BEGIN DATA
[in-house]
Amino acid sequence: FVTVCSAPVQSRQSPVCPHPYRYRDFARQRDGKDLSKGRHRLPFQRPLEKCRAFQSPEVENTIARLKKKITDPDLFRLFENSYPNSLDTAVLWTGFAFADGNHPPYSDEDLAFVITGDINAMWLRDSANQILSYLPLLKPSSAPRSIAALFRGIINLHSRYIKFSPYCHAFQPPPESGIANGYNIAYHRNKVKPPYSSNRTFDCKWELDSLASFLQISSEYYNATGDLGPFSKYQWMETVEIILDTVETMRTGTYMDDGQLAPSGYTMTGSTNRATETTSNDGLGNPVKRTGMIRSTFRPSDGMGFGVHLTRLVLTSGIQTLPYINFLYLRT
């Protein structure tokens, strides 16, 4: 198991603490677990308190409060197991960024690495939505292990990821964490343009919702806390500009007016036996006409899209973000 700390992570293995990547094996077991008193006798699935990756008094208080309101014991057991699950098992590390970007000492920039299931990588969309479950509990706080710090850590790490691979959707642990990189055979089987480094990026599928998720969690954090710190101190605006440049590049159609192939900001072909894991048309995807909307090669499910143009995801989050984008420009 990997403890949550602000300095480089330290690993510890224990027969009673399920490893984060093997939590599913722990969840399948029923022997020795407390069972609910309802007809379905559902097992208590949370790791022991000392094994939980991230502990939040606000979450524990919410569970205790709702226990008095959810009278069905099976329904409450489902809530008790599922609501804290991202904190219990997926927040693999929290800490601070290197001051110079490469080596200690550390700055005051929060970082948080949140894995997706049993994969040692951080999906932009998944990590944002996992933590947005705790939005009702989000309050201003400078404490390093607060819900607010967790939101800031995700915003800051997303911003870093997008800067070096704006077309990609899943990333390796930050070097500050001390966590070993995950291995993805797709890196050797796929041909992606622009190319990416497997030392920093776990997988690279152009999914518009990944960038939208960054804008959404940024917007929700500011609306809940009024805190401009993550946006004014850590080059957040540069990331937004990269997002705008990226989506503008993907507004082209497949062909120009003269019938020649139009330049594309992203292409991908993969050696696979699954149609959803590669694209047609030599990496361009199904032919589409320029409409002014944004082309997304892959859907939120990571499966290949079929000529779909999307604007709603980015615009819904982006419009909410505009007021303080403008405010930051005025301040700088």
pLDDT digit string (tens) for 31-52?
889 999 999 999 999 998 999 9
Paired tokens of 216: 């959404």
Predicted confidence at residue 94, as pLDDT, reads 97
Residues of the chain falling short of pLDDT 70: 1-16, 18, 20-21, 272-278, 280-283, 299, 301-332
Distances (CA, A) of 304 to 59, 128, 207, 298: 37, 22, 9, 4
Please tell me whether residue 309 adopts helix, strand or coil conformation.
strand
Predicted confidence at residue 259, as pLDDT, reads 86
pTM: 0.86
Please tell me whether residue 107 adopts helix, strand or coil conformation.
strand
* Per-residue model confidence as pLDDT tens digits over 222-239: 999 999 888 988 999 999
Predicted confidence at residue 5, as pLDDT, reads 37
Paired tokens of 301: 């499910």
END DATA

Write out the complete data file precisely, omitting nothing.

[in-house]
Amino acid sequence: FVTVCSAPVQSRQSPVCPHPYRYRDFARQRDGKDLSKGRHRLPFQRPLEKCRAFQSPEVENTIARLKKKITDPDLFRLFENSYPNSLDTAVLWTGFAFADGNHPPYSDEDLAFVITGDINAMWLRDSANQILSYLPLLKPSSAPRSIAALFRGIINLHSRYIKFSPYCHAFQPPPESGIANGYNIAYHRNKVKPPYSSNRTFDCKWELDSLASFLQISSEYYNATGDLGPFSKYQWMETVEIILDTVETMRTGTYMDDGQLAPSGYTMTGSTNRATETTSNDGLGNPVKRTGMIRSTFRPSDGMGFGVHLTRLVLTSGIQTLPYINFLYLRT
């Protein structure tokens, strides 16, 4: 198991603490677990308190409060197991960024690495939505292990990821964490343009919702806390500009007016036996006409899209973000 700390992570293995990547094996077991008193006798699935990756008094208080309101014991057991699950098992590390970007000492920039299931990588969309479950509990706080710090850590790490691979959707642990990189055979089987480094990026599928998720969690954090710190101190605006440049590049159609192939900001072909894991048309995807909307090669499910143009995801989050984008420009 990997403890949550602000300095480089330290690993510890224990027969009673399920490893984060093997939590599913722990969840399948029923022997020795407390069972609910309802007809379905559902097992208590949370790791022991000392094994939980991230502990939040606000979450524990919410569970205790709702226990008095959810009278069905099976329904409450489902809530008790599922609501804290991202904190219990997926927040693999929290800490601070290197001051110079490469080596200690550390700055005051929060970082948080949140894995997706049993994969040692951080999906932009998944990590944002996992933590947005705790939005009702989000309050201003400078404490390093607060819900607010967790939101800031995700915003800051997303911003870093997008800067070096704006077309990609899943990333390796930050070097500050001390966590070993995950291995993805797709890196050797796929041909992606622009190319990416497997030392920093776990997988690279152009999914518009990944960038939208960054804008959404940024917007929700500011609306809940009024805190401009993550946006004014850590080059957040540069990331937004990269997002705008990226989506503008993907507004082209497949062909120009003269019938020649139009330049594309992203292409991908993969050696696979699954149609959803590669694209047609030599990496361009199904032919589409320029409409002014944004082309997304892959859907939120990571499966290949079929000529779909999307604007709603980015615009819904982006419009909410505009007021303080403008405010930051005025301040700088």
pLDDT digit string (tens) for 31-52?
889 999 999 999 999 998 999 9
Paired tokens of 216: 């959404």
Predicted confidence at residue 94, as pLDDT, reads 97
Residues of the chain falling short of pLDDT 70: 1-16, 18, 20-21, 272-278, 280-283, 299, 301-332
Distances (CA, A) of 304 to 59, 128, 207, 298: 37, 22, 9, 4
Please tell me whether residue 309 adopts helix, strand or coil conformation.
strand
Predicted confidence at residue 259, as pLDDT, reads 86
pTM: 0.86
Please tell me whether residue 107 adopts helix, strand or coil conformation.
strand
* Per-residue model confidence as pLDDT tens digits over 222-239: 999 999 888 988 999 999
Predicted confidence at residue 5, as pLDDT, reads 37
Paired tokens of 301: 């499910």